Lesson 5- Don’t try to rush things that need time to grow. Be patient !

Its mid-afternoon. We crossed the river all drenched and still had a good 8-9 hours of riding left to reach our next stop. The heat was subsiding and the chill in the air was taking a toll on us. Our leader took a big decision, he proceeded to a nearby village to take shelter overnight. Our riding days were timed, so any change affected our entire trip itinerary. He explained that hastiness would be dangerous for our health we needed to recover before we set forth.

“Set your goals and focus on them”, this has been instilled in us since childhood but real life teaches us that you need to be patient and compromise too.  It’s good to be ambitious but don’t be obsessed with race. In all possibility you will start gasping for air which will lead to burn-out midway. Focus doesn’t mean you should be a slave to time schedules or you shouldn’t enjoy your journey. Striking a balance is the trick.

Lesson 6- Trust is an exchange of faith, be it your road trip or your business. Trust your co-traveler!

Someone who has been on these roads can validate the danger that lurks at every curve. Trust your team and that’s the only way you can survive. I stood there stranded along with my co traveler and a flat tyre, unfortunately separated from the rest of the team. It was getting dark and cold and the integrity of my co traveler wouldn’t leave me alone in the deserted wilderness. I realized that day ,in a world where we are connected by technology, nothing is stronger than your soul connectivity. We received help after an hour but in those 60 minutes, we never doubted that our team would retrace to rescue us. This incident taught me that we need to have confidence on our team, believe that they always watch our back in periods of adversities.

You might have had bad experiences with people in the past but never let those affect your faith-o-meter. When you are setting forth on an expedition you can never reach the destination alone. Your team fuels your growth and also holds the rope when you are about to fall. Never lower your faith! As the saying goes.“If you have to travel fast, do it alone…If you have to travel long do it with your tribe.”

Lesson 7- Success is relative. More success more relatives!

We traveled for 2 weeks and reached back safely without any major causalities. Was our trip rated the best by any organization or travel magazine? Did we get highlighted in the media? Did we set any records? NO ! But what we achieved cannot be measured because for each one of us it was our personal achievement, something which we will carry as a badge of honor throughout our lives.

On the onset of my entrepreneur project, I have been asked this question many a times. What is so different in your idea? How will you succeed when there are others working on the same idea? My take on it …You can traverse the same path but how you manage your journey will define your achievement at the end. You can be a successful venture in 2 years but shut shop in the 3rd . Or you could take 10 years to settle but still be profitable with positive growth prospects. Which one would you rate as successful? You don’t need to have an extra-ordinary idea to create a successful business, Ordinary with extra-ordinary results will do the same for you. So, never let anyone define success for you.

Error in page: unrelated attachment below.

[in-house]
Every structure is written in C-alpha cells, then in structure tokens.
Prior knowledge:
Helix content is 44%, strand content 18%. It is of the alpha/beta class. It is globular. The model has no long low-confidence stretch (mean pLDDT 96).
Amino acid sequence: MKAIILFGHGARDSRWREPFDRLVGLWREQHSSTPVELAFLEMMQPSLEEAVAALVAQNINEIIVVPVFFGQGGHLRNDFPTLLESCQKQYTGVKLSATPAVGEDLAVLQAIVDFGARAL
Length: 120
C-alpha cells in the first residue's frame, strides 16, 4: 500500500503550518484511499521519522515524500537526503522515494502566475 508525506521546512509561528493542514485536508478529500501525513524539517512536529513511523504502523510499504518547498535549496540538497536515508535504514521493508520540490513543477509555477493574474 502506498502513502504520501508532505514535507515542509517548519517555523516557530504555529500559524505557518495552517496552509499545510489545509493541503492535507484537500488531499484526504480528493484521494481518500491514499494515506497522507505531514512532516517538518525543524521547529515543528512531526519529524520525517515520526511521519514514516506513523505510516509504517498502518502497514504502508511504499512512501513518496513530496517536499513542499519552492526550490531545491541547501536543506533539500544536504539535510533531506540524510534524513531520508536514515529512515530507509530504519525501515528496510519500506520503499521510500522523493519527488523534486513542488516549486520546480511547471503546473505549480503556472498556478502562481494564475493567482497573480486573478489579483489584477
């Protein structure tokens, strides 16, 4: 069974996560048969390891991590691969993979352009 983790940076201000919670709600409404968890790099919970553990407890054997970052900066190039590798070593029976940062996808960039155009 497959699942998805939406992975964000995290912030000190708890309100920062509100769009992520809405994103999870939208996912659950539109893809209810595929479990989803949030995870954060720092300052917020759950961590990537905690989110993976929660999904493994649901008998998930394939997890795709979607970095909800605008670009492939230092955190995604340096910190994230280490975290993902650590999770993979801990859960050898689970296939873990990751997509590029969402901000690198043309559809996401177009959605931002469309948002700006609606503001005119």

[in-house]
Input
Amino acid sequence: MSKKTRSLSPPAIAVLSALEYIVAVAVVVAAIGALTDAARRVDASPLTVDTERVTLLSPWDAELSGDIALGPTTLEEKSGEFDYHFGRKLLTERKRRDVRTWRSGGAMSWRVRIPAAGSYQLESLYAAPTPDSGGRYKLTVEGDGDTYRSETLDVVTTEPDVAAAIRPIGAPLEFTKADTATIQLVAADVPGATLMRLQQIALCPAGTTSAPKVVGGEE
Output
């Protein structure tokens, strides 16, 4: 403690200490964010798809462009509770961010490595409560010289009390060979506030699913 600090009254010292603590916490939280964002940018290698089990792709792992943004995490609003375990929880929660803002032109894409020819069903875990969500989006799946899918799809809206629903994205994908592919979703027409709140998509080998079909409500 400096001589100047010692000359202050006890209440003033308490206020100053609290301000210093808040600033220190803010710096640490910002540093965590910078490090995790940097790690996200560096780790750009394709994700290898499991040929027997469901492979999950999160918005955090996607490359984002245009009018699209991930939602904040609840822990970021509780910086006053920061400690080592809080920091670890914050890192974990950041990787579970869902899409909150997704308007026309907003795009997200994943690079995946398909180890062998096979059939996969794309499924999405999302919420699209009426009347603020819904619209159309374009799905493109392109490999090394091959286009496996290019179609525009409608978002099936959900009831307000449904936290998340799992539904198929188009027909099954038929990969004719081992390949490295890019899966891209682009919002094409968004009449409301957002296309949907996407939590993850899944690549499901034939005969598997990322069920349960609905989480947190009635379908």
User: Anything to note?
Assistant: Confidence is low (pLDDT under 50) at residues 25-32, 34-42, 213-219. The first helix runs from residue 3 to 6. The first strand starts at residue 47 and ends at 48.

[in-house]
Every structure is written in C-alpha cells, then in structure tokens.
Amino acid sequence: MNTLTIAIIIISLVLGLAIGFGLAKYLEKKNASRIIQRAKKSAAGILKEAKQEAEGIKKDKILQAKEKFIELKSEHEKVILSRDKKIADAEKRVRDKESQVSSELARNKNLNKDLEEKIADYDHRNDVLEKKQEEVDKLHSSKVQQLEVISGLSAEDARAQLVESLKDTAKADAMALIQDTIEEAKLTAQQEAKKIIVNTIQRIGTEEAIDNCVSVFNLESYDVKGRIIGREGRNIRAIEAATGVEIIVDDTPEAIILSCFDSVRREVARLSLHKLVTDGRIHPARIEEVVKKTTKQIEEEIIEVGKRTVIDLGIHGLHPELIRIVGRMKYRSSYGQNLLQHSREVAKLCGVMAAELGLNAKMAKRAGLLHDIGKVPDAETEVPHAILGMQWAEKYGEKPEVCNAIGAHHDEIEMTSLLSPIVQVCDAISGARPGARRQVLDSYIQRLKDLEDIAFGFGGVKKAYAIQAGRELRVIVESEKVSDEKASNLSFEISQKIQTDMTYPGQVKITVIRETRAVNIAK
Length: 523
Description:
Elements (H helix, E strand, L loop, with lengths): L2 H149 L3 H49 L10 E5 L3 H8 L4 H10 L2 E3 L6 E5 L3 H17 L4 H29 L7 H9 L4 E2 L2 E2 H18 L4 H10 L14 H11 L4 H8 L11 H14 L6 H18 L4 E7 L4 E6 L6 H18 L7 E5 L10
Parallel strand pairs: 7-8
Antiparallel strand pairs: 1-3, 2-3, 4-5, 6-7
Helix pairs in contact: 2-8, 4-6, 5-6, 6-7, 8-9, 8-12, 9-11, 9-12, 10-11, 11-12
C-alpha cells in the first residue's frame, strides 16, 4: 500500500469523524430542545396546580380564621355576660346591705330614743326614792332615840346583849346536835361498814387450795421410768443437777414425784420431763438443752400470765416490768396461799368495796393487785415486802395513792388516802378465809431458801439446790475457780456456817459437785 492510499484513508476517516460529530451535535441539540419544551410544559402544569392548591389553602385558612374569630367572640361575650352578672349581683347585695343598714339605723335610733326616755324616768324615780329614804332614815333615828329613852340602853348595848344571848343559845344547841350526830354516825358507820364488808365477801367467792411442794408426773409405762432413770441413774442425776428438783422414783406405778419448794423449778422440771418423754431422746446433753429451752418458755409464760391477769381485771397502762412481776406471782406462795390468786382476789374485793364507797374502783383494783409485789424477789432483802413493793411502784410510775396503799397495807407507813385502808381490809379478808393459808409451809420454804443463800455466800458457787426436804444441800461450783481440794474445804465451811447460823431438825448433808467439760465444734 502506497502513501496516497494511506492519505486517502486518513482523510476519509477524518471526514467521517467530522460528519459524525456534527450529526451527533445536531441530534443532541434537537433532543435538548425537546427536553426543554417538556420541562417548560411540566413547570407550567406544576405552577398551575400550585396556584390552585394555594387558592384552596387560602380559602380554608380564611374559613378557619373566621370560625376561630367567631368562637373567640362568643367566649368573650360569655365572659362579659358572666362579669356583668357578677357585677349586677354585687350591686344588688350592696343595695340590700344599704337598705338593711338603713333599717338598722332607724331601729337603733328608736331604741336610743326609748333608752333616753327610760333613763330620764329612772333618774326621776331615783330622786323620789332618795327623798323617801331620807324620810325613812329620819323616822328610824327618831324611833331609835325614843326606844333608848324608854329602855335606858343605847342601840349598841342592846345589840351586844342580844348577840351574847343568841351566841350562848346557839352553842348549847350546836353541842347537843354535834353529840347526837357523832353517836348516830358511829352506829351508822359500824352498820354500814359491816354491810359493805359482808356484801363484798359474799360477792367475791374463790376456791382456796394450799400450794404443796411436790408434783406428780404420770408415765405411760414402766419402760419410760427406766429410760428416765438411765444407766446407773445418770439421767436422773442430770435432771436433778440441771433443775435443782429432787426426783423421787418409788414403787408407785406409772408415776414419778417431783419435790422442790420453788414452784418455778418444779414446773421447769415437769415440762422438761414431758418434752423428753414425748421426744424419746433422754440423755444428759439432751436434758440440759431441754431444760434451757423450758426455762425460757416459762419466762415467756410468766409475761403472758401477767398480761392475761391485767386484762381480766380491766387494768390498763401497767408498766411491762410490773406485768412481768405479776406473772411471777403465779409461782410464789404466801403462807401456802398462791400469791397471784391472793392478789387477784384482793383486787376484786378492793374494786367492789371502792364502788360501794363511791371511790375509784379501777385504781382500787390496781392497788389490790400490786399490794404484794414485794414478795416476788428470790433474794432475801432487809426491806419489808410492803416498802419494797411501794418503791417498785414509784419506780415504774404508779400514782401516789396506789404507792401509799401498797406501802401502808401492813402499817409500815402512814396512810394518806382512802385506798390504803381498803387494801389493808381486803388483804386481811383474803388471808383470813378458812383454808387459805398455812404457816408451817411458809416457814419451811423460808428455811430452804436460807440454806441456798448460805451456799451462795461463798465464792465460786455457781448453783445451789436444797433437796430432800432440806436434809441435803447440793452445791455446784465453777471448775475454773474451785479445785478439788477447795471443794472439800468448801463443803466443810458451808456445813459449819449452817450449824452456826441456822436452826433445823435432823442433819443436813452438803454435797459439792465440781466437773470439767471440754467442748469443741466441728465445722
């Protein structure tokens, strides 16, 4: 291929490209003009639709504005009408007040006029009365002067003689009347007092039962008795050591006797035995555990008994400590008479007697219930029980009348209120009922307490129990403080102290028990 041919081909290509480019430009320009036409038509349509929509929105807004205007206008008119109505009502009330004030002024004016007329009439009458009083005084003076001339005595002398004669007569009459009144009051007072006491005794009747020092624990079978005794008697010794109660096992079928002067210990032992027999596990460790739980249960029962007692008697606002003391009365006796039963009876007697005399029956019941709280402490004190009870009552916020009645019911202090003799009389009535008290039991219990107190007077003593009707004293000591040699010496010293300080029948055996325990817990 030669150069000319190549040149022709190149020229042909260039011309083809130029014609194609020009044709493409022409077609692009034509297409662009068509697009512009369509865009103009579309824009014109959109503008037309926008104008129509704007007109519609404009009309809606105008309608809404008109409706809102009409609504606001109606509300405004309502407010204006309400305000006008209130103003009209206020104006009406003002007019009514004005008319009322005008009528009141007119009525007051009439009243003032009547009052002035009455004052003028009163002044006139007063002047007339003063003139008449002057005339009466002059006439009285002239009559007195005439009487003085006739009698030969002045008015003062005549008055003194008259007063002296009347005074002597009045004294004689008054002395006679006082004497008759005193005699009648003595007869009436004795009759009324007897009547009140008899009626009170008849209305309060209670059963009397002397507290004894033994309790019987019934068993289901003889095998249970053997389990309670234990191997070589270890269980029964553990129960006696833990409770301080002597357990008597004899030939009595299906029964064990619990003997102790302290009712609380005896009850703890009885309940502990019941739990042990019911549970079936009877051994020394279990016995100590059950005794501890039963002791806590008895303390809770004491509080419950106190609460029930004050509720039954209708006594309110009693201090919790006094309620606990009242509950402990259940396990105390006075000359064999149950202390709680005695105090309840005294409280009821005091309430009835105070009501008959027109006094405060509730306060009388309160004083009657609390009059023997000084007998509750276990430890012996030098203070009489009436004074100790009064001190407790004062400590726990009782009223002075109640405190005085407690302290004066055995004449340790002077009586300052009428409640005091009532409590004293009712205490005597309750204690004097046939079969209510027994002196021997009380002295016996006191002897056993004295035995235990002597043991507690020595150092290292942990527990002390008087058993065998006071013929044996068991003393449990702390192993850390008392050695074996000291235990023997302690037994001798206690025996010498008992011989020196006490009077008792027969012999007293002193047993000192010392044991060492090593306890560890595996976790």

It took us 2 weeks to complete the trip but the lessons learnt during those 14 days will serve me lifetime. I had my share of good experiences,my fizz moments and a few bad ones, the fuzz moments🙁 which hurt me immensely.

The sour ones have made me stronger emotionally and more resilient. The good ones have taught me to respect time, show gratitude towards people, be patient, accept mistakes, keep myself motivated and above all be my own cheer leader.

“The road may be beautiful or ugly, it may be easy or hard, smooth or rough, it doesn’t matter; what matters most is where the road will take you!” – Mehmet Murat Ildan

Barefoot College – A back to basics journey

A lot has been written about Barefoot College, Tilonia across various fora on the internet but today I will be sharing the experience and learnings from my recent visit to their campus which was an eye opener. I learnt from the inmates that one can literally reach out to the stars with their feet on the ground and it left me awestruck.

I had read about the college prior to my visit and was expecting to meet few happy villagers who lived a self-sustained life, but little did I know that I will return with emotions so profound, that it would compel me to pause and ask myself some questions…

Is formal education so important in life?

Should we complain about every small thing?

Should we stop trying after few setbacks?

I started my journey from Delhi by a double decker train (something I had not done before) and after 4.5 hours of travel, reached Jaipur where I spent the night. Next morning at 7.30am, I met my co-travellers at a tea shop near Ganpati Plaza. The inspirational journey commenced right from Gulab ji Chai wala, where we met this amazing gentleman, aged 90. He had started this tea stall 70 years back and it was his sheer passion that even at this age, he was sitting there, dressed in a crisp white dhoti and kurta, greeting people. More than the tea, it was my few minutes spent with Gulab ji, that left me super charged.

Gulabji Chaiwala in Jaipur with the 90 year old owner

The 3.5 hours of drive took us through tracts of semi-arid land with hillocks on both sides, occasionally passing flocks of sheep and groups of women in brightly coloured sarees, till we reached the campus of Barefoot college, located in Tilonia , a small village in Rajasthan’s Ajmer district.